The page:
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Time to diagnosis, of melanoma: same trend in different continents

Blum, Andreas; Ingvar, Christian LU ; Avramidis, Michelle; von Kannen, Andreas; Menzies, Scott W.; Olsson, Håkan LU ; Rezze, Gisele G.; Wennberg, Ann-Marie and Westerhoff, Karin (2007) In Journal of Cutaneous Medicine and Surgery 11(4). p.137-144
Abstract
Background: Patients and physicians both play an important role in the diagnosis of malignant melanoma. Objective: The purpose of this study was to assess important factors of delay in diagnosis at different centers and on three continents. Methods: Between October 2001 and October 2002, patients with histologically confirmed invasive melanoma were included in the study and given an established questionnaire. Recorded patients and tumor characteristics included age, sex, anatomic location, Breslow thickness, patients' awareness of the lesion and time with suspicion, and physicians' time (delay) before the operation. Results: The study included 985 patients (486 males, 499 females): 253 from Germany, 464 from Sweden, 58 from Brazil, and 210... (More)
Background: Patients and physicians both play an important role in the diagnosis of malignant melanoma. Objective: The purpose of this study was to assess important factors of delay in diagnosis at different centers and on three continents. Methods: Between October 2001 and October 2002, patients with histologically confirmed invasive melanoma were included in the study and given an established questionnaire. Recorded patients and tumor characteristics included age, sex, anatomic location, Breslow thickness, patients' awareness of the lesion and time with suspicion, and physicians' time (delay) before the operation. Results: The study included 985 patients (486 males, 499 females): 253 from Germany, 464 from Sweden, 58 from Brazil, and 210 from Australia. More females detected their lesions by themselves. The change to a darker color (21%) and enlargement of the area of the lesion (19%) were the major signs. The highest knowledge among patients that early detection may improve the outcome was found in Sweden and Australia. At each center, the media (newspaper, magazine, radio, and television) provided the best sources of information about melanoma. Twenty to 33% of all physicians initially consulted missed the melanoma diagnosis, independent of their specialty. Conclusions: There are still factors for the delay in melanoma diagnosis in different countries and continents, but the differences are rather small. The results should be included in planning prevention campaigns in this specific field and in the education of medical students, physicians of all specialties, and other health professionals. (Less)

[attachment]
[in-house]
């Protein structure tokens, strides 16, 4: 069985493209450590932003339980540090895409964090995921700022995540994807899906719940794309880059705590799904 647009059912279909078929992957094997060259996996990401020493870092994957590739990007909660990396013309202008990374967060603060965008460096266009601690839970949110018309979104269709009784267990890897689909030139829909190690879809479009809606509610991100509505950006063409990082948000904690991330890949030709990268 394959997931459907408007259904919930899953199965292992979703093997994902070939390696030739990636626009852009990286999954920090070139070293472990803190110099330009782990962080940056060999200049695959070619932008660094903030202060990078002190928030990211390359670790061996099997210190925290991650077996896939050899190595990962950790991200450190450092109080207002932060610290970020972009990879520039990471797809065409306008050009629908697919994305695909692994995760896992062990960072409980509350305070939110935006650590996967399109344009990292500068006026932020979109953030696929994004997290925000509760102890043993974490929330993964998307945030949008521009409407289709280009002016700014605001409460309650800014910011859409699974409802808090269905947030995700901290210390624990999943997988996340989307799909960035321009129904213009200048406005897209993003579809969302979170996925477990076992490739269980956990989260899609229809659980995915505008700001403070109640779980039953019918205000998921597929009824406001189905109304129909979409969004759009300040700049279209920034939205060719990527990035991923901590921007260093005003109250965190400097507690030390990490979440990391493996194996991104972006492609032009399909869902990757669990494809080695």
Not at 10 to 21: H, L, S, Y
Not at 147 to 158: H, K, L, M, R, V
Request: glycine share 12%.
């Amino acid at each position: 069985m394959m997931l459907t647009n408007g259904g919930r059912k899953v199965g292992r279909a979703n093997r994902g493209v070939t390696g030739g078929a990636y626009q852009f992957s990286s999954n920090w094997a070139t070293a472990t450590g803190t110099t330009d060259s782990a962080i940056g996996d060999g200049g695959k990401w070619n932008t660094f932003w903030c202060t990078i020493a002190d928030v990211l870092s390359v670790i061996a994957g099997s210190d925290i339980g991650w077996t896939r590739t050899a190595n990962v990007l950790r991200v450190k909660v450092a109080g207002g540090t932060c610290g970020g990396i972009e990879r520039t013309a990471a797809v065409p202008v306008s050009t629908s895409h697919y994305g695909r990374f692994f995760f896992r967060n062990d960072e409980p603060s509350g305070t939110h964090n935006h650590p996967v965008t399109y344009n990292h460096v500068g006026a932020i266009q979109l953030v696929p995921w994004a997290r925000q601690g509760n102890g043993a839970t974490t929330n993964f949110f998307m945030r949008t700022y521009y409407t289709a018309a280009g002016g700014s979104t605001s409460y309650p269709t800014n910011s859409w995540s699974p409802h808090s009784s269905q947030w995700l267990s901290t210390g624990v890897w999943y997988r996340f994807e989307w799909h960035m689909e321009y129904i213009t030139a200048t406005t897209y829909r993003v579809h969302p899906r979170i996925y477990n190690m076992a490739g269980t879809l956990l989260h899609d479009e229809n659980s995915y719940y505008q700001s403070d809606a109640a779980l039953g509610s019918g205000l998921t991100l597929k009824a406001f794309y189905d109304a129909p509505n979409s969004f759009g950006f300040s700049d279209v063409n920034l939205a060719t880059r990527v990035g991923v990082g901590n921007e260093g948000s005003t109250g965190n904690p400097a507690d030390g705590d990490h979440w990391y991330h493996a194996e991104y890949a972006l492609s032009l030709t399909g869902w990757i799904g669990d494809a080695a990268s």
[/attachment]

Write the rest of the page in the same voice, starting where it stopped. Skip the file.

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author
organization
publishing date
type
Contribution to journal
publication status
published
subject
in
Journal of Cutaneous Medicine and Surgery
volume
11
issue
4
pages
137 - 144
publisher
BC Decker
external identifiers
  • wos:000249496100003
  • scopus:38449089989
ISSN
1203-4754
DOI
10.2310/7750.2007.00023
language
English
LU publication?
yes
id
01465963-35f5-4d42-8255-db1a5bb7d275 (old id 657226)
date added to LUP
2007-12-10 14:56:00
date last changed
2017-05-28 04:17:40
@article{01465963-35f5-4d42-8255-db1a5bb7d275,
  abstract     = {Background: Patients and physicians both play an important role in the diagnosis of malignant melanoma. Objective: The purpose of this study was to assess important factors of delay in diagnosis at different centers and on three continents. Methods: Between October 2001 and October 2002, patients with histologically confirmed invasive melanoma were included in the study and given an established questionnaire. Recorded patients and tumor characteristics included age, sex, anatomic location, Breslow thickness, patients' awareness of the lesion and time with suspicion, and physicians' time (delay) before the operation. Results: The study included 985 patients (486 males, 499 females): 253 from Germany, 464 from Sweden, 58 from Brazil, and 210 from Australia. More females detected their lesions by themselves. The change to a darker color (21%) and enlargement of the area of the lesion (19%) were the major signs. The highest knowledge among patients that early detection may improve the outcome was found in Sweden and Australia. At each center, the media (newspaper, magazine, radio, and television) provided the best sources of information about melanoma. Twenty to 33% of all physicians initially consulted missed the melanoma diagnosis, independent of their specialty. Conclusions: There are still factors for the delay in melanoma diagnosis in different countries and continents, but the differences are rather small. The results should be included in planning prevention campaigns in this specific field and in the education of medical students, physicians of all specialties, and other health professionals.},
  author       = {Blum, Andreas and Ingvar, Christian and Avramidis, Michelle and von Kannen, Andreas and Menzies, Scott W. and Olsson, Håkan and Rezze, Gisele G. and Wennberg, Ann-Marie and Westerhoff, Karin},
  issn         = {1203-4754},
  language     = {eng},
  number       = {4},
  pages        = {137--144},
  publisher    = {BC Decker},
  series       = {Journal of Cutaneous Medicine and Surgery},
  title        = {Time to diagnosis, of melanoma: same trend in different continents},
  url          = {http://dx.doi.org/10.2310/7750.2007.00023},
  volume       = {11},
  year         = {2007},
}